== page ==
U.S. News

Oil Finishes Up Despite Higher Crude Inventory


Oil prices rose after a big drop in gasoline supplies in top fuel consumer the United States raised worries of a crunch leading into the summer driving season.

U.S. crude for May delivery settled up 36 cents or 0.6% to $59.61.

A weekly U.S. government report showed gasoline stocks fell 3.4 million barrels last week, extending a decline in inventories that has brought them more than 7% below where they were in early February.

Stockpiles of the key motor fuel have been dwindling due to low production by the nation's refineries amid seasonal maintenance and unplanned repairs, along with a slowdown in import levels from overseas, according to the U.S. Energy Information Administration.

"I'm concerned by the gasoline stocks decline," said Jason Schenker, economist at Wachovia Corporation in North Carolina. "This is really going to be critical."

Gasoline futures, which hit a seven-month high of $1.985 a gallon on Tuesday, settled down 0.72 cent or 0.4% to $1.9349 a gallon as some investors took profits, limiting crude's rally.

Light sweet crude has risen from a 20-month low of $49.90 hit in January, partly because of supply cuts by OPEC, though it is well below an all-time high of $78.40 reached last July.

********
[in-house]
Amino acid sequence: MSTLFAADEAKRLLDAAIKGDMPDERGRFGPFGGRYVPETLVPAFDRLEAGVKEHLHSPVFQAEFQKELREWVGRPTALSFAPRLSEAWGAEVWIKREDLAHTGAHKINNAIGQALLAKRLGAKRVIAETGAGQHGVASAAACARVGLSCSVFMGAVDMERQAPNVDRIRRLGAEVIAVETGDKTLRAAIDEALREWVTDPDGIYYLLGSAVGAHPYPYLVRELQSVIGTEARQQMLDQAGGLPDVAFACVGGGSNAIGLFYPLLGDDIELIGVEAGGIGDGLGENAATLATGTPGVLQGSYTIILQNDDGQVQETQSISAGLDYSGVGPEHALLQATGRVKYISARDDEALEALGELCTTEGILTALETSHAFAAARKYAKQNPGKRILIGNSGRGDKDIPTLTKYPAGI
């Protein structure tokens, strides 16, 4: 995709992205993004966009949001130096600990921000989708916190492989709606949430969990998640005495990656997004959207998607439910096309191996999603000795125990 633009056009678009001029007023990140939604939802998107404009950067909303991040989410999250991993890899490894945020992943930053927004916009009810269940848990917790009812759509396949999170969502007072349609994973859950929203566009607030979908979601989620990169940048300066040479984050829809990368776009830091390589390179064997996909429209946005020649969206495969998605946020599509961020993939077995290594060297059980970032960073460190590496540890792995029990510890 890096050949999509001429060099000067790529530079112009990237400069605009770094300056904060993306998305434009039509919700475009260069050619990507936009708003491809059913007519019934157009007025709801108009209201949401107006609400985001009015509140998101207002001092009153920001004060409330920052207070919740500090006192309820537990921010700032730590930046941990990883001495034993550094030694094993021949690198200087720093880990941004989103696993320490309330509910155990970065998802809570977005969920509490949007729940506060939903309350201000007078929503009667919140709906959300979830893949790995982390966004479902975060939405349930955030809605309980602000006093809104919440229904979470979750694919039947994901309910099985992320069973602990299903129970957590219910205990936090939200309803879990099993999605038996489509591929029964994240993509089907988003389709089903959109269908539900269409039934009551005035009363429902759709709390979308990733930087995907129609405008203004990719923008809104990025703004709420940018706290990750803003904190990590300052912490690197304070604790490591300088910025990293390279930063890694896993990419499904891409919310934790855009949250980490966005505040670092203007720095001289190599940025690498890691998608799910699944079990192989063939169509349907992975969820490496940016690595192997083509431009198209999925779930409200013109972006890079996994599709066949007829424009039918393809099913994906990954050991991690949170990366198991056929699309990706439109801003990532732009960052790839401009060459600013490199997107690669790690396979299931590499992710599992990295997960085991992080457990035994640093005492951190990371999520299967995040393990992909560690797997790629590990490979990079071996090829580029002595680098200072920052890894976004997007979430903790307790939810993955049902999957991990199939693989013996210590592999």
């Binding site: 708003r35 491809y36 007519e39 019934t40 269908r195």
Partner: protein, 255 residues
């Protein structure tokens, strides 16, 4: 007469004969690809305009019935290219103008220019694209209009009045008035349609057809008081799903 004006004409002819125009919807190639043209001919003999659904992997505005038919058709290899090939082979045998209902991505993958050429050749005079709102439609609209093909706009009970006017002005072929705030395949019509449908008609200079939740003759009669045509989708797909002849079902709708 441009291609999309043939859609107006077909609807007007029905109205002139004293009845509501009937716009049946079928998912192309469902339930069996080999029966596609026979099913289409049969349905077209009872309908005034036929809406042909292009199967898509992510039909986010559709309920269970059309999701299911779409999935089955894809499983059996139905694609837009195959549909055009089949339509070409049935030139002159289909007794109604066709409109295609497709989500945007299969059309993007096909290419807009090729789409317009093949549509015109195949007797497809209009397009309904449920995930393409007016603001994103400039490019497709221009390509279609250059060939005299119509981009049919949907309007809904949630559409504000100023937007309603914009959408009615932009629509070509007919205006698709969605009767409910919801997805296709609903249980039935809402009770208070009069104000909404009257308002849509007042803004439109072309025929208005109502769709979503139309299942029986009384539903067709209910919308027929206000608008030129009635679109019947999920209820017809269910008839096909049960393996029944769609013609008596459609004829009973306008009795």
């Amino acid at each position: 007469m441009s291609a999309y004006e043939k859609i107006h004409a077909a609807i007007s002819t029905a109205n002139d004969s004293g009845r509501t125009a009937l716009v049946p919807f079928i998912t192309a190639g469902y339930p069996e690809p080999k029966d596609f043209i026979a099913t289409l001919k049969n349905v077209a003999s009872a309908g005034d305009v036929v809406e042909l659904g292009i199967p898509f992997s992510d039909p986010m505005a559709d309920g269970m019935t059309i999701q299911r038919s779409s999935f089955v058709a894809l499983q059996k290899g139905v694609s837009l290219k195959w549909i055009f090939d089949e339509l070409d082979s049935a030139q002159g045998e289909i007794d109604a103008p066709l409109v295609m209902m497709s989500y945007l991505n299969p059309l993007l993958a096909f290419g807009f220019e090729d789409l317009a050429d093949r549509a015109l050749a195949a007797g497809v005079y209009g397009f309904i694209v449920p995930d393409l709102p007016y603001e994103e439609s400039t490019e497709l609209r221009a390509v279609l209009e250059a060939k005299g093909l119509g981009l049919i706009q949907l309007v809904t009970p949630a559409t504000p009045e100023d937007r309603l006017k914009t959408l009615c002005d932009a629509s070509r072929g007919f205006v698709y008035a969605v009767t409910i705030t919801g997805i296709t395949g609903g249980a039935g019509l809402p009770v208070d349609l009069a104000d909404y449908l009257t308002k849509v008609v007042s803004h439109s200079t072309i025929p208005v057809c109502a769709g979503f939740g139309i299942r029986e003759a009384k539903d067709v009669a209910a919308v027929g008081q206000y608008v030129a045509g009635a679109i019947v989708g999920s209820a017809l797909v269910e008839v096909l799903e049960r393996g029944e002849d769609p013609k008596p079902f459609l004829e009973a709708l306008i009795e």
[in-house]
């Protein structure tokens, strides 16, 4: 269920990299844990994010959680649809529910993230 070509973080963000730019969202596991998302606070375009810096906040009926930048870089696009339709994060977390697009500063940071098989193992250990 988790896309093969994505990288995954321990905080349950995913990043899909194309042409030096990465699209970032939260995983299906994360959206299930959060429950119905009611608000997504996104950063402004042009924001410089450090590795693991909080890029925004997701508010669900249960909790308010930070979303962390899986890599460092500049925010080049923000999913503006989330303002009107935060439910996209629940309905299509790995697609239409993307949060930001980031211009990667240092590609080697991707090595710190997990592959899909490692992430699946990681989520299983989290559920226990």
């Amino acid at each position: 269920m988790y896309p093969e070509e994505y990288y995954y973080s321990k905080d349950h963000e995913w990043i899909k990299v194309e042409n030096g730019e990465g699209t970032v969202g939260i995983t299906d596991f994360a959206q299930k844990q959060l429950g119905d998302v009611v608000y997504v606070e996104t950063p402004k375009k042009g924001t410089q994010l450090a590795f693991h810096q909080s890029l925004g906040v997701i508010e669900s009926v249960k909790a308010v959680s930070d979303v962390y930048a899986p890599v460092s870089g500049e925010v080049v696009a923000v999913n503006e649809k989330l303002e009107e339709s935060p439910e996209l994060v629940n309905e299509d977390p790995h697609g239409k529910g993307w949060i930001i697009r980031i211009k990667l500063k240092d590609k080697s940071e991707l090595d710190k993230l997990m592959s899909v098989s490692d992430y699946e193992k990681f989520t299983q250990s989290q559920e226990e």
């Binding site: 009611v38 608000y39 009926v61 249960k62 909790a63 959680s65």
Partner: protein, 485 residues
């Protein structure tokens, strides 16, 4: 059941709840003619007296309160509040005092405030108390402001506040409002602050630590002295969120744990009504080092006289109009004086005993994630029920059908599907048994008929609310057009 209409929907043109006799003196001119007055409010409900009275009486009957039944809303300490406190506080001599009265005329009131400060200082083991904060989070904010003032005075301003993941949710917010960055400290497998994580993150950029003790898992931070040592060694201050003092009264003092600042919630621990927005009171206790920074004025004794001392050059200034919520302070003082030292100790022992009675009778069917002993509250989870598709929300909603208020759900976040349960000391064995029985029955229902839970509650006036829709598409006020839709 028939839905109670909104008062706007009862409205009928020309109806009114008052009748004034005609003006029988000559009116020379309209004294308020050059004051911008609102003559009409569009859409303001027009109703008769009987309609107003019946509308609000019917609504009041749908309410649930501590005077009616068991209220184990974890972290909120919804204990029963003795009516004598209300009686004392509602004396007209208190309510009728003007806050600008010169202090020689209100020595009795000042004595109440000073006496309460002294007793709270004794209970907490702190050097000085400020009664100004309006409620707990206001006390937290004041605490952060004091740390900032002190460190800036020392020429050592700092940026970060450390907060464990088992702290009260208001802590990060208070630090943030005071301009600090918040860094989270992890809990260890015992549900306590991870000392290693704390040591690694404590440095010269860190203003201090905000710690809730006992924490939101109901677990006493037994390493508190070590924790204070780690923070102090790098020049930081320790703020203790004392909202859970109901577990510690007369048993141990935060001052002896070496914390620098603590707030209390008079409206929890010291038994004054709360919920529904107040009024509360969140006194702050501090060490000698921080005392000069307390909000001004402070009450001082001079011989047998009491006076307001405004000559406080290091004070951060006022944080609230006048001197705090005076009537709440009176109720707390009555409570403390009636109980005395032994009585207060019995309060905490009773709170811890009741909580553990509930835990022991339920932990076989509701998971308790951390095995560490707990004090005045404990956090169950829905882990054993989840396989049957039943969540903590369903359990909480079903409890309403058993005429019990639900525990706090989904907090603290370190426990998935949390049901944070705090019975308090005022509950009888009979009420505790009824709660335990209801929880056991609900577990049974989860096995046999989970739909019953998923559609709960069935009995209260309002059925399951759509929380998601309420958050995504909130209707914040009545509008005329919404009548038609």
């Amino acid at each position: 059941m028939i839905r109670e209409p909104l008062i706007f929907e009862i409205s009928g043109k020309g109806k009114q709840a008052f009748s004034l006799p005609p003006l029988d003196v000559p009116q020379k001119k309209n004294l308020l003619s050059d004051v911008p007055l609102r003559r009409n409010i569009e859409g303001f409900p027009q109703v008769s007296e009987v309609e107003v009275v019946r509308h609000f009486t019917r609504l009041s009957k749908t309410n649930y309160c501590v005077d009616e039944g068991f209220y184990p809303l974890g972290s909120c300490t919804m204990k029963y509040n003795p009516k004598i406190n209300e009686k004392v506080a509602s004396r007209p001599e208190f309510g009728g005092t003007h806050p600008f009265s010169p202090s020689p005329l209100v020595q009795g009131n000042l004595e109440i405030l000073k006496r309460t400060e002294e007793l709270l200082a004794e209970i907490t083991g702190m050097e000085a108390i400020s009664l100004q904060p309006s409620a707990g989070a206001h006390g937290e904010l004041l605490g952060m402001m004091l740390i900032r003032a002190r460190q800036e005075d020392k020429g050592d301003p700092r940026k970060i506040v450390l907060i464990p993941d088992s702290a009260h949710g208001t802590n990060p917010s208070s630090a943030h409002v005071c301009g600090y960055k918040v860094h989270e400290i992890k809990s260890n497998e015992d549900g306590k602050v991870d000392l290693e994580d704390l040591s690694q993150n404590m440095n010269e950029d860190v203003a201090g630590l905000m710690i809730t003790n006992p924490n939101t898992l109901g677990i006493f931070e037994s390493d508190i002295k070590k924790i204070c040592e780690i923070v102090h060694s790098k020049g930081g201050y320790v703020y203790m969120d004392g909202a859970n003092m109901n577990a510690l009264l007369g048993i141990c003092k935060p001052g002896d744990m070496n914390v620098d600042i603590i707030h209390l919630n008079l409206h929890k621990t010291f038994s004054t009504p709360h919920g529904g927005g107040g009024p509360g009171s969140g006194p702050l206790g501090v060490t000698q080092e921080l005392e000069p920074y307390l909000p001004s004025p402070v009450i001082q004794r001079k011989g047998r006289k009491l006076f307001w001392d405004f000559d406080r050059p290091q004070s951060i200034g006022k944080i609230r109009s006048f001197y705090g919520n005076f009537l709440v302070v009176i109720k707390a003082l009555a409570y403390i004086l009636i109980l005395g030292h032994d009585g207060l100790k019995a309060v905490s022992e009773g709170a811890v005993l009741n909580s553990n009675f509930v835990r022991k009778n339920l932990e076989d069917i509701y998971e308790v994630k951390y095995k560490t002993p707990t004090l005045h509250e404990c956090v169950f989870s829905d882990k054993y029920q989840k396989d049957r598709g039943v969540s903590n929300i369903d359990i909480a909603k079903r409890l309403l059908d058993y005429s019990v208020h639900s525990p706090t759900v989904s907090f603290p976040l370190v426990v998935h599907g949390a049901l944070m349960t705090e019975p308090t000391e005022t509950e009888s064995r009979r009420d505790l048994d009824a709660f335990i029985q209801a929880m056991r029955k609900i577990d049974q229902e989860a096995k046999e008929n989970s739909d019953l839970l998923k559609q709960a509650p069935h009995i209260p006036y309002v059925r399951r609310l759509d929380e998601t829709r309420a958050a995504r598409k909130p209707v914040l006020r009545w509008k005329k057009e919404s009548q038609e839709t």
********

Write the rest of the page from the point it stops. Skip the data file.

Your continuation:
Helping support energy prices was news that BP cut rates to a gasoline-making unit at its Texas City refinery, a source familiar with refinery operations said.

Besides the drop in gasoline stocks, the EIA report showed a 1.7 million barrel fall in distillates and a 4 million barrels rise in crude inventories.

The U.S. inventory data followed a report earlier today from Euroilstock showing gasoline production edged lower in Europe last month.

The Organization of the Petroleum Exporting Countries, source of more than a third of world output, agreed last week to keep current oil supply restraints in place.

OPEC oil ministers have not ruled out further action on supply before September, when they are next scheduled to hold a meeting to decide their production policy.